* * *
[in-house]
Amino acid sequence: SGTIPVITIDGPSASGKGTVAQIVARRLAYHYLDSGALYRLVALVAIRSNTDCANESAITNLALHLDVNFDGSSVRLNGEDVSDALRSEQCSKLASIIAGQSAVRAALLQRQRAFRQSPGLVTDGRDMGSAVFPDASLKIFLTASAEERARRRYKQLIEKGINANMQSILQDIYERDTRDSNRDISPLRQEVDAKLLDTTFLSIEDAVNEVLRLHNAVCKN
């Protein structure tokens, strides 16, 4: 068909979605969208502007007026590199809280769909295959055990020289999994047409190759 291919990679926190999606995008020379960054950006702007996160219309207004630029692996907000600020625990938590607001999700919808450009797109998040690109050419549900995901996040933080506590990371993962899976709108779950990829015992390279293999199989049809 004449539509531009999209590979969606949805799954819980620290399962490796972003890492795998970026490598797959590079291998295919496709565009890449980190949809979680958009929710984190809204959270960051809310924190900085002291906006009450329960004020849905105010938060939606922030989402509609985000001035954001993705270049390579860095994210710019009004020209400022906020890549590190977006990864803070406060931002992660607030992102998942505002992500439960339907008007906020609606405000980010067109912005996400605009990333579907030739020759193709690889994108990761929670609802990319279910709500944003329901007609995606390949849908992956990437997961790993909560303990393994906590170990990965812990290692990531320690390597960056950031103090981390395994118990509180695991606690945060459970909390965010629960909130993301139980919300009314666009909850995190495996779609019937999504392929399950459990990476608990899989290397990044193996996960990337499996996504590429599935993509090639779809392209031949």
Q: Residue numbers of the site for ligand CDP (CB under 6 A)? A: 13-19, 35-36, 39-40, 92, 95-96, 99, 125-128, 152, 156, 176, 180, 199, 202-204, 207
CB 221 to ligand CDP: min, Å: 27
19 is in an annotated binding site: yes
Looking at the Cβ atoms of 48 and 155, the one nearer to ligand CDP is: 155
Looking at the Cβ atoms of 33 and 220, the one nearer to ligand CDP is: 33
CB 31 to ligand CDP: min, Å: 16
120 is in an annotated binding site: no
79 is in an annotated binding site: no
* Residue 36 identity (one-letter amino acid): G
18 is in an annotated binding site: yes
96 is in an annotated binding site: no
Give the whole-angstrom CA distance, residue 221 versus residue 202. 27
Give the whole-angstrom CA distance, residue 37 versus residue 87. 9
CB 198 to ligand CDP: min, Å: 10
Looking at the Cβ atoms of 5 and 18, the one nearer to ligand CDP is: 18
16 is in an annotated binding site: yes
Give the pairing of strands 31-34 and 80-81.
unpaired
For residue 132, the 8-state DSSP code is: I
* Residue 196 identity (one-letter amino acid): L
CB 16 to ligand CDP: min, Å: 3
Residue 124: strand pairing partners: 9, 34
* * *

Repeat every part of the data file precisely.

[in-house]
Amino acid sequence: SGTIPVITIDGPSASGKGTVAQIVARRLAYHYLDSGALYRLVALVAIRSNTDCANESAITNLALHLDVNFDGSSVRLNGEDVSDALRSEQCSKLASIIAGQSAVRAALLQRQRAFRQSPGLVTDGRDMGSAVFPDASLKIFLTASAEERARRRYKQLIEKGINANMQSILQDIYERDTRDSNRDISPLRQEVDAKLLDTTFLSIEDAVNEVLRLHNAVCKN
């Protein structure tokens, strides 16, 4: 068909979605969208502007007026590199809280769909295959055990020289999994047409190759 291919990679926190999606995008020379960054950006702007996160219309207004630029692996907000600020625990938590607001999700919808450009797109998040690109050419549900995901996040933080506590990371993962899976709108779950990829015992390279293999199989049809 004449539509531009999209590979969606949805799954819980620290399962490796972003890492795998970026490598797959590079291998295919496709565009890449980190949809979680958009929710984190809204959270960051809310924190900085002291906006009450329960004020849905105010938060939606922030989402509609985000001035954001993705270049390579860095994210710019009004020209400022906020890549590190977006990864803070406060931002992660607030992102998942505002992500439960339907008007906020609606405000980010067109912005996400605009990333579907030739020759193709690889994108990761929670609802990319279910709500944003329901007609995606390949849908992956990437997961790993909560303990393994906590170990990965812990290692990531320690390597960056950031103090981390395994118990509180695991606690945060459970909390965010629960909130993301139980919300009314666009909850995190495996779609019937999504392929399950459990990476608990899989290397990044193996996960990337499996996504590429599935993509090639779809392209031949």
Q: Residue numbers of the site for ligand CDP (CB under 6 A)? A: 13-19, 35-36, 39-40, 92, 95-96, 99, 125-128, 152, 156, 176, 180, 199, 202-204, 207
CB 221 to ligand CDP: min, Å: 27
19 is in an annotated binding site: yes
Looking at the Cβ atoms of 48 and 155, the one nearer to ligand CDP is: 155
Looking at the Cβ atoms of 33 and 220, the one nearer to ligand CDP is: 33
CB 31 to ligand CDP: min, Å: 16
120 is in an annotated binding site: no
79 is in an annotated binding site: no
* Residue 36 identity (one-letter amino acid): G
18 is in an annotated binding site: yes
96 is in an annotated binding site: no
Give the whole-angstrom CA distance, residue 221 versus residue 202. 27
Give the whole-angstrom CA distance, residue 37 versus residue 87. 9
CB 198 to ligand CDP: min, Å: 10
Looking at the Cβ atoms of 5 and 18, the one nearer to ligand CDP is: 18
16 is in an annotated binding site: yes
Give the pairing of strands 31-34 and 80-81.
unpaired
For residue 132, the 8-state DSSP code is: I
* Residue 196 identity (one-letter amino acid): L
CB 16 to ligand CDP: min, Å: 3
Residue 124: strand pairing partners: 9, 34